A theorist from Afonino village
In: «Nizhegorodskii Potential' journal of the Nizhny Novgorod Research Center RAS, № 2, 2012
Our «New Names' column guest today is a research associate with the IPMRAS, candidate of physical and mathematical sciences, Mikhail Silaev.
Mikhail Andreyevich Silaev graduated with honors from the NNSU Advanced School for General and Applied Physics (ASGAP) in 2005 with a Master’s degree in physics. Since 2003 he has been affiliated with the IPM RAS. In the period of 2005-2008 he completed a full-time postgraduate course at IPM RAS and defended his PhD thesis: «Electron structure and transport properties of the mixed state of mesoscopic superconductors'.
In 2008-2011 he worked at the Royal Institute of Technology in Stockholm, Sweden, аnd in the low-temperatures laboratory at the Helsinki University of Technology, Finland. At present he is a research associate with the mesoscopic systems theory lab, involved in studies of the vortex state properties of superconductors and superfluids, аnd quantum transport in mesoscopic superconducting structures.
Mikhail is author of 15 publications in leading scientific journals, winner of the Razuvayev regional competition for postgraduates, holder of the «Dynasty\' foundation scholarship for undergraduates, postgraduates and PhDs, winner of the National Science Support Foundation «Best graduates of RAS' scholarship. He is currently supervisor of the RFFR and RF President grants program for young candidates of science.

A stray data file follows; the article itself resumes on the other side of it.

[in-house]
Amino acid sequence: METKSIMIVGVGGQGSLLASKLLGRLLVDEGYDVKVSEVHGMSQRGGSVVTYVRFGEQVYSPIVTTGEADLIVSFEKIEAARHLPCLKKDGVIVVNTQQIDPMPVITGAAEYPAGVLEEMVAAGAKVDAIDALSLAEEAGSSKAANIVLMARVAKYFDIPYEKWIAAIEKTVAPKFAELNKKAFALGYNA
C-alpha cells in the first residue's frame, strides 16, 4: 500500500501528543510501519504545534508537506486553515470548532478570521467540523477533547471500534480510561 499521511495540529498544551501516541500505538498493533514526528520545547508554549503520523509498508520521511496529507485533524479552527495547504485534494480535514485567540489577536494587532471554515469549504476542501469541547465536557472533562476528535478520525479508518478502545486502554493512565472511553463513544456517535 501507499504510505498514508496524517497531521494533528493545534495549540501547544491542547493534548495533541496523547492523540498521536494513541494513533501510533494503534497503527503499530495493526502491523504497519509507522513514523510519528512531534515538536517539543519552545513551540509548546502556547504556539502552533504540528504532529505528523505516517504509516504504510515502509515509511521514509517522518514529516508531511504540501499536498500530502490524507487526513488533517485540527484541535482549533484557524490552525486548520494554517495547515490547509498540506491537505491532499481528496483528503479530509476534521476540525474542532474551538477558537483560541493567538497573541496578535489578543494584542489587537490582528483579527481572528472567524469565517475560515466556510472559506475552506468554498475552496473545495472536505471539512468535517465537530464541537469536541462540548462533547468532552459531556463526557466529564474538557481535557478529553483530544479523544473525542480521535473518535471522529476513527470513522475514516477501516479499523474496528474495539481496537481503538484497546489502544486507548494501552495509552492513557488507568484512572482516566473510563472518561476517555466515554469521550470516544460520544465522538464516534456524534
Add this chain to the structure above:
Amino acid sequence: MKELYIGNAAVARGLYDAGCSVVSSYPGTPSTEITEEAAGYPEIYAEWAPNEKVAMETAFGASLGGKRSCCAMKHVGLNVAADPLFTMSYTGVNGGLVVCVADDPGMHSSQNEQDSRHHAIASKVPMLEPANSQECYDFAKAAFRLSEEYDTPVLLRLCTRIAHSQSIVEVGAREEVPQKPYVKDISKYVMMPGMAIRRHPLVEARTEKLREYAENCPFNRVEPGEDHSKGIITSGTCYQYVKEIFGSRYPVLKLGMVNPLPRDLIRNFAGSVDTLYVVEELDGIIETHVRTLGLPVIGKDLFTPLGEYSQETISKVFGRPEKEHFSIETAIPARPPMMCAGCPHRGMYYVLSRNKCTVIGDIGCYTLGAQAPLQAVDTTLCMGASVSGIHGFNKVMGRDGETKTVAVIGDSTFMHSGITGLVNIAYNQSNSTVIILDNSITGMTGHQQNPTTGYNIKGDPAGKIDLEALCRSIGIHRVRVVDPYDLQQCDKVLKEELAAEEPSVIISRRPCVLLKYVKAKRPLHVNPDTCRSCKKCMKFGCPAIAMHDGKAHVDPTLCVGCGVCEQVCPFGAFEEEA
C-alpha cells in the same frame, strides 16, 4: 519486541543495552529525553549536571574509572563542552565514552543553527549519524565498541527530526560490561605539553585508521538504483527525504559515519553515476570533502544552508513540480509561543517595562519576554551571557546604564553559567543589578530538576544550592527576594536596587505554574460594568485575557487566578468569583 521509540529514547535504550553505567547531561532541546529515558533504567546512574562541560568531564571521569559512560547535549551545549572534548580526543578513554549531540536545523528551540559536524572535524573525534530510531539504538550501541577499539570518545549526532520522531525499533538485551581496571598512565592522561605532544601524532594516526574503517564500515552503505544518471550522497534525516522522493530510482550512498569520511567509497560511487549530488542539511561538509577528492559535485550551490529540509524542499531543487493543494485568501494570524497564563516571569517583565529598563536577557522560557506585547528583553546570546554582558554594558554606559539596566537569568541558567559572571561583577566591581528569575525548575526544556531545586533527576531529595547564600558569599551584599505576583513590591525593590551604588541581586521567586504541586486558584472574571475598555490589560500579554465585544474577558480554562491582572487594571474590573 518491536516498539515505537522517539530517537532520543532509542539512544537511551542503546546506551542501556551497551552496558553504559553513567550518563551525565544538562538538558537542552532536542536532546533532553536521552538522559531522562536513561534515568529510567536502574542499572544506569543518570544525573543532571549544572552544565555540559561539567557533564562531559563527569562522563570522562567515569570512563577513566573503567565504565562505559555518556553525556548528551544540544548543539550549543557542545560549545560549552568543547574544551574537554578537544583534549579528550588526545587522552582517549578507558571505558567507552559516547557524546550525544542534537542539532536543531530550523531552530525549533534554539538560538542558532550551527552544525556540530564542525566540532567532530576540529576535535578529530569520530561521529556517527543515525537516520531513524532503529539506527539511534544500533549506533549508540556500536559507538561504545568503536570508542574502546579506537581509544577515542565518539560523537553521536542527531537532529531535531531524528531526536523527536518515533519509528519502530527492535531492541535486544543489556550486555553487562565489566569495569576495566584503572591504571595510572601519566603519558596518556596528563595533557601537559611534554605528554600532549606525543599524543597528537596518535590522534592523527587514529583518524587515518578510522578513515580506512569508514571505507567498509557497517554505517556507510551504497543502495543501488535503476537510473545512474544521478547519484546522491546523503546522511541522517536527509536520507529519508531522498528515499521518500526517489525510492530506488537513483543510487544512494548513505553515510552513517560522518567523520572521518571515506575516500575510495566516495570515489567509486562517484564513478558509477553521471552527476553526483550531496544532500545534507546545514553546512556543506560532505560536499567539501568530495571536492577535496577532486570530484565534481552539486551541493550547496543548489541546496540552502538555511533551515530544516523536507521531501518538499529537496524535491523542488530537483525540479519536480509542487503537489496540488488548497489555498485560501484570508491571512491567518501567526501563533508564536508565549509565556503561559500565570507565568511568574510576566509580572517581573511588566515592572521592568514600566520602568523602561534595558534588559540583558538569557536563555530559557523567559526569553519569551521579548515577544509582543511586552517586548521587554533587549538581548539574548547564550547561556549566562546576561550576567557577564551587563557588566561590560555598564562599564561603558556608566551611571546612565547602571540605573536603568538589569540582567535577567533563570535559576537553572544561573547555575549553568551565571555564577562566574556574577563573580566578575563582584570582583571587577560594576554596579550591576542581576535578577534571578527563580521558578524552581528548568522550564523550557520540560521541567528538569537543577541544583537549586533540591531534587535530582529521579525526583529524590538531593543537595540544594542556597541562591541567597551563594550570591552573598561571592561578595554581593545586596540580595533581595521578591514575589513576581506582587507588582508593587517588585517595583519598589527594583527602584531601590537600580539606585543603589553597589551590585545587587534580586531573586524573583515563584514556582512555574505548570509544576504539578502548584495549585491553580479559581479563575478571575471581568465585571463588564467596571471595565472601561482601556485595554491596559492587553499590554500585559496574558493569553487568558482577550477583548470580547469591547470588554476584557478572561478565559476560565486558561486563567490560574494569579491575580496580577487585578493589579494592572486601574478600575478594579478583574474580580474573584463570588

— Mikhail, tell us a few words about yourself.
— I was born on 11 November 1983 in Gorky. My father is a D. Sc in physics and mathematics, for a long time he had a teaching position at the University. At present he is head of the economic theory department at the Higher School of Economics (HSE). Mother is a radio engineer by education, she worked at the Gorky Radio Engineering Research Institute аnd now teaches at HSE. My younger brother and sister are twins. Brother is currently an IAP RAS postgraduate student and sister is a teacher at HSE, too.
I finished school №40. I can’t say that physics was among my favourite subjects then, I was more keen on chemistry and even attended the «young chemist school' at the University. I applied to the HSGAP mostly because the best brains from our graduation class went there. As a matter of fact, I was very lucky with fellow students in terms of their aptitude for physics and math. And, since I had to work hard all the time to keep up with them, I graduated from the university with honors. The educational process in the HSGAP is oriented towards academically strong students, one may flunk any time for poor performance. I remember two cases when students were expelled shortly before graduation. At HSGAP they work real hard indeed.
— Why did you choose IPM RAS?